St. John's College Builds a Bridge for First-gen Students
Nanette Elizabeth Phillips, St. John's College / The Center / October 13, 2021
St. John's College is a very small (no, really: 400 students!) liberal arts school nestled in the mountains of northern New Mexico. Through close engagement with the works of some of the world’s most influential writers and thinkers—from Homer, Plato, and Euclid to Douglass, Einstein, and Woolf—undergraduate and graduate students at St. John’s College grapple with fundamental questions that confront us as human beings.
As they participate in lively discussions and throw themselves into the activity of translating, writing, demonstrating, conducting experiments, and analyzing musical compositions, St. John’s students learn to speak articulately, read attentively, reason effectively, and think creatively. Tracing the steps of these thinkers from antiquity to modernity, students engage with original texts as they articulate the mechanics of the universe, record the rise and ruin of empires, and chart the mechanics of the stars. Sounds like a lot, huh? Well, it is; any Johnnie will say so. However, because of exactly that, this past year, St. John’s launched the Pritzker Bridge Scholars Program–recognizing the need of incoming students, including first-generation students, for robust support and resources as they make the transition from high school to St. John's.
Recognizing the vital importance of fostering a sense of belonging early in the freshman experience, Bridge emphasizes rigorous and intentional community building as much as it does academic preparation.
The Bridge Scholars Program is a new, yearlong program providing incoming first-generation and other historically underrepresented students a uniquely tight-knit and welcoming community, supportive mentoring, and key academic preparation. Our 2021-2022 Bridge Scholars arrived on campus early this August for the Bridge Summer Intensive, in which they had the opportunity to build lasting friendships, develop key academic skills, work closely with a dynamic group of faculty and student mentors, and learn how to use the college's resources to thrive in college.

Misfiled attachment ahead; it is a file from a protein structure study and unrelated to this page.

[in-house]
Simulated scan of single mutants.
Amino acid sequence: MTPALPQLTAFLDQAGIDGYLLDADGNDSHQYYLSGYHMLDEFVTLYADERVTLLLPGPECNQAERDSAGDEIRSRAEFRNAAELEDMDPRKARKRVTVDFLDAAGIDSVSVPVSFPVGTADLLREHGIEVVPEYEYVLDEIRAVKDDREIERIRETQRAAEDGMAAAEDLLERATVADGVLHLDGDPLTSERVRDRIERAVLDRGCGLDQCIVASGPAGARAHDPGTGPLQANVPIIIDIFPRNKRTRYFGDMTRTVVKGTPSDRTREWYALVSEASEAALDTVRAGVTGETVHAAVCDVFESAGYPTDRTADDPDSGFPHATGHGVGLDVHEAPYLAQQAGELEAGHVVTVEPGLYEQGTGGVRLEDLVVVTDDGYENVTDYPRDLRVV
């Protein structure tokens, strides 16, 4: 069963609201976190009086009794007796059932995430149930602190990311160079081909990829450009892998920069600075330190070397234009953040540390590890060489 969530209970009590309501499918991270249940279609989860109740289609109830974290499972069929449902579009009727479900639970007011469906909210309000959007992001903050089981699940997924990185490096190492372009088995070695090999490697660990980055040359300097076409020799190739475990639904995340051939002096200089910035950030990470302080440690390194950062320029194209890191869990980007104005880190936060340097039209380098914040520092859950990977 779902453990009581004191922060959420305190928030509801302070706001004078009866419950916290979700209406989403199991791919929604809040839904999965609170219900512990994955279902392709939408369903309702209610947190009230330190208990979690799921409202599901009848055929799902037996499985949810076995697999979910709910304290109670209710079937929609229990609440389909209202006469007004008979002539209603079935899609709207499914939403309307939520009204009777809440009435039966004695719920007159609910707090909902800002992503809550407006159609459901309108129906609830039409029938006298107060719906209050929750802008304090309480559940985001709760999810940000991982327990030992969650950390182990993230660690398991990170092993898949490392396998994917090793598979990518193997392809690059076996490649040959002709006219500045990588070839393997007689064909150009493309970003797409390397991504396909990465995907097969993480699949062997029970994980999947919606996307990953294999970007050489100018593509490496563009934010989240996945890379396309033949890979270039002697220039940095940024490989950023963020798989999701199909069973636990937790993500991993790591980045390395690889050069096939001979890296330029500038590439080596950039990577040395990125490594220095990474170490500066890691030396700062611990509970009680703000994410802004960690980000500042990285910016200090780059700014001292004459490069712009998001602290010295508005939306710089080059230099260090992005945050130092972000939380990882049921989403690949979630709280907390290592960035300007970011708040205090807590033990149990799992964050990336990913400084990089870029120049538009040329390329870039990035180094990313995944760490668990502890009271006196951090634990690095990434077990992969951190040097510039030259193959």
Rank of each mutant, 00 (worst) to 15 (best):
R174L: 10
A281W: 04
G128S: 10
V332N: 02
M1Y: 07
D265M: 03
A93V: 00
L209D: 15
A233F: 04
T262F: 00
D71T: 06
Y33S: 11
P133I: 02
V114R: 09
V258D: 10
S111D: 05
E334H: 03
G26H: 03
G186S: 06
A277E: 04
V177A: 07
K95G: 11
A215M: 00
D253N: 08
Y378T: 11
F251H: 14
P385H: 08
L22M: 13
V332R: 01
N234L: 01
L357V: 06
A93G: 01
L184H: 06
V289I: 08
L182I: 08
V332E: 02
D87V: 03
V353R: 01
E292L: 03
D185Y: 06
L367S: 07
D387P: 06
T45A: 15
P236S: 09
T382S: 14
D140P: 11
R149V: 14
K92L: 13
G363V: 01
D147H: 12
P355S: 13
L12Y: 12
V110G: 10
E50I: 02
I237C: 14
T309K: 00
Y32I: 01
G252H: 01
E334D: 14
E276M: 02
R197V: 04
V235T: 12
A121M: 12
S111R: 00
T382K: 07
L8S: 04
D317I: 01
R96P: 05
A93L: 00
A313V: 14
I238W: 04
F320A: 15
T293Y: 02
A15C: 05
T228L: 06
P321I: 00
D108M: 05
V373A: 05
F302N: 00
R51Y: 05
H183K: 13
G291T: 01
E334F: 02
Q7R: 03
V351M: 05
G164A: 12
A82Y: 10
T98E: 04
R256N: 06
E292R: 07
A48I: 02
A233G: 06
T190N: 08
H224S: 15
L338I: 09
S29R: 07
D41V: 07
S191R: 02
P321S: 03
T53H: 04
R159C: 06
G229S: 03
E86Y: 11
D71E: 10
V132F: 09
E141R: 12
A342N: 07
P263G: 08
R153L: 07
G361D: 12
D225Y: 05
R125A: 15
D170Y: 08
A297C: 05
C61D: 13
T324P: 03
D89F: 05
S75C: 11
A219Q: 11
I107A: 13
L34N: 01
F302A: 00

Participants can expect to:
establish meaningful relationships with their student mentor, faculty members, and fellow participants in an encouraging community of fellow learners;
receive individualized guidance and support with financial aid, financial literacy, work study, personal and professional development, and more;
feel empowered to advocate for themselves and one another on campus and to access the resources they need to thrive both inside and outside of the classroom;
take part in social events that will introduce them to the vibrant and distinct culture of St. John’s; and
look forward to Bridge Program peer mentoring and special events throughout the school year.
Recognizing the vital importance of fostering a sense of belonging early in the freshman experience, Bridge emphasizes rigorous and intentional community building as much as it does academic preparation. In addition to academic sessions, Bridge Scholars engaged in daily gatherings with their mentor groups consisting of facilitated icebreakers, storytelling activities, and opportunities to reflect upon and share their background and life experiences. They even had the opportunity to test and strengthen their growing bonds swinging high above the treetops at the ropes course. The weeklong Bridge Intensive closed with a riotous bonfire where participants and mentors alike shared their musical talents, mentor groups performed some hilarious skits, and Bohemian Rhapsody was belted out by all under the glow of the full moon.
After the Intensive, over the course of the school year, Bridge Scholars are provided continued support and programming including ongoing one-on-one peer mentoring, monthly Bridge community events, and individualized support from staff and faculty. Up next? Just in time for Halloween, the Bridge Program will be sponsoring “Ghost Stories and Haunted Tales from Around the World,” a student-led event during which mentors and Scholars will have the opportunity to share folklore from their home cultures and countries. Prepare to get spooked!
For more information on St. John's College’s approach, please visit their website here.